But then it raises the questions if there is anything that is perceived for the first time, or if it is just a refiguration of already existing modules...which is also what my work is playing with, using something that resembles something else, a simulacrum...
16 Aug 2011
It really seems that the wearing of the veil is never really seen as a very personal decision, it is always seen and argued about in a political and/or religious context.
'a timely reminder that the veil today is a symptom less of an alien fanaticism than of a long political and cultural entanglement with the unveiled west.'
I am trying to relate all this to my work. the sentences I chose seem to have a sandwich structure:
One thing's for sure: I am not taking it off.
I never covered my face when i was young.
Before, I had felt something was missing.
I put it on and I felt serene and complete.
It pleased me and it has become a part of me.
This i about basic fundamental human rights and freedoms.
It goes from an obvious defence statment towards a quite personal and emotional tone to then end with a policital statement.
I am not doubting that the 4 sentences in the middle have a religious background and that they are tainted by the believe that the covering of the face leads to calmness because the person believes that this is a 'tribute' to Allah and therefore will guarantee her a happy afterlive in heaven (do muslims believe in heaven and hell or is it called something else? should find out really!)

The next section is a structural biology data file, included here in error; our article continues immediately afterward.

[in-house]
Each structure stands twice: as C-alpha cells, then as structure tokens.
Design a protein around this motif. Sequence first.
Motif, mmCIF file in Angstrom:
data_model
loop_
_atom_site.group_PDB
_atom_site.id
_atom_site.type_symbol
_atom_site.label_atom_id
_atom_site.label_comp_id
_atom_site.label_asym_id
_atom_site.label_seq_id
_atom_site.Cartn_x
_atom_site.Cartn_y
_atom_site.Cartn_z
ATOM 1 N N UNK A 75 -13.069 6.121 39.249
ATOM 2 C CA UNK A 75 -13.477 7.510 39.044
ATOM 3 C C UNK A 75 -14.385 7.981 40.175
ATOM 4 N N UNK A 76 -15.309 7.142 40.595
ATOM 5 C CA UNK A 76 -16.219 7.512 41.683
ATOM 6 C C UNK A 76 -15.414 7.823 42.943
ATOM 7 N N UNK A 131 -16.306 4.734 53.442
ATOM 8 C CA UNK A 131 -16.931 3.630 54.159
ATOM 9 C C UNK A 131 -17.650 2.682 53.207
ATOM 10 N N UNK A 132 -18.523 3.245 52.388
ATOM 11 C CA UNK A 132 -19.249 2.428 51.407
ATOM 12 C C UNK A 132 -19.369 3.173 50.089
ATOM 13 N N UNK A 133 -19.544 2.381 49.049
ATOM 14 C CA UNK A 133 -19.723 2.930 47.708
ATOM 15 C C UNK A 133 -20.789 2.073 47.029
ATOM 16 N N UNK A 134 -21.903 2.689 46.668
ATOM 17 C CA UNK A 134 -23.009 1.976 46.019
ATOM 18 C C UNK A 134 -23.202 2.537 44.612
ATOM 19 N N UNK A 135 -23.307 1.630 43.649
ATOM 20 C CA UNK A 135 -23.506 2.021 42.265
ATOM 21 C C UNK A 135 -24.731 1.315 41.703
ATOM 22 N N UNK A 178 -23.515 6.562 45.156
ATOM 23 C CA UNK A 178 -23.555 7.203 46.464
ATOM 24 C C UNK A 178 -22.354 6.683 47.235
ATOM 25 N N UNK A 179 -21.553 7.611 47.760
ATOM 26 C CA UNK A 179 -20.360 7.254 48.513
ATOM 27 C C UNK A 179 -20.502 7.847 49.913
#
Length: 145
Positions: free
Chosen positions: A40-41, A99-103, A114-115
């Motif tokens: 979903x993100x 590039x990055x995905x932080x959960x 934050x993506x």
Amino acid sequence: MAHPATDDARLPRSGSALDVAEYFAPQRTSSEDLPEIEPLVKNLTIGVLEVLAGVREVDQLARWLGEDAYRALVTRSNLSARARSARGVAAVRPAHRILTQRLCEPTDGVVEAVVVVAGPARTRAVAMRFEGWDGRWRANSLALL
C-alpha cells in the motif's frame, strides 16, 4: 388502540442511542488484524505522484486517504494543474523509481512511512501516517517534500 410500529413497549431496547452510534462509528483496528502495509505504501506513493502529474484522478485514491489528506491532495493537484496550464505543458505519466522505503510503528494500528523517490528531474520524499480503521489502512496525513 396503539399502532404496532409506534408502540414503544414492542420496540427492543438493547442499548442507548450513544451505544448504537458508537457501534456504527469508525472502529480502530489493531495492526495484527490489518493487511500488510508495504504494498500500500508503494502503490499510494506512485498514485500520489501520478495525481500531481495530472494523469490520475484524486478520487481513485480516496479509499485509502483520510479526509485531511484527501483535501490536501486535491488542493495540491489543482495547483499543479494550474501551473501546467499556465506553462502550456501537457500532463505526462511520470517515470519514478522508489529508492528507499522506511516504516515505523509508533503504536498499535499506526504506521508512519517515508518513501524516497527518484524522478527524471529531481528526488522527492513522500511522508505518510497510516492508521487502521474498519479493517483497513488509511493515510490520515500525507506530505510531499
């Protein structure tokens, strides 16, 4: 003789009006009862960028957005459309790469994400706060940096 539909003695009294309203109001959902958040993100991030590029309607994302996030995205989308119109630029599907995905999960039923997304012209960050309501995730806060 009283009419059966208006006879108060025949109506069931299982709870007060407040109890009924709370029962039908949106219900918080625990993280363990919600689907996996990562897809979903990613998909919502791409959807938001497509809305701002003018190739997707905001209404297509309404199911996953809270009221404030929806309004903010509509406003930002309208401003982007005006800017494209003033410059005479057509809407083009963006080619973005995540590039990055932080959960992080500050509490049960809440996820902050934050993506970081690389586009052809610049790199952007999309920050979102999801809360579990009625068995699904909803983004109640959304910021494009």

I am just wondering if there is not a difference between the politcal/religious aspects applied from outside and the actual physical experience of being covered. And how important that difference is?
I am realizing how I am getting kind of warm with the idea that it should be left to the women themselves to decide if they want to wear it...but then I wake up and become aware that it is worn by women 'serve' or to proof their faith in a god, which I absolutely don't believe in and even think it is wrong.
I went to East street market the other day and there was a stand that sells Burkhas and Niqabs...maybe I should really buy one or just try one on to see what it feels like. But I feel that I am not really wanting to get myself too much caught up in it...but rather want to find out what the 'random' combination of an image from the 1940s/50s showing a covered head with sentences about the burkha ban activates...
Does something happen, and what? and why? I realize that it is quite a risky endeavour...but maybe...hopefully its worth it. I can only go wrong :-)
14 Aug 2011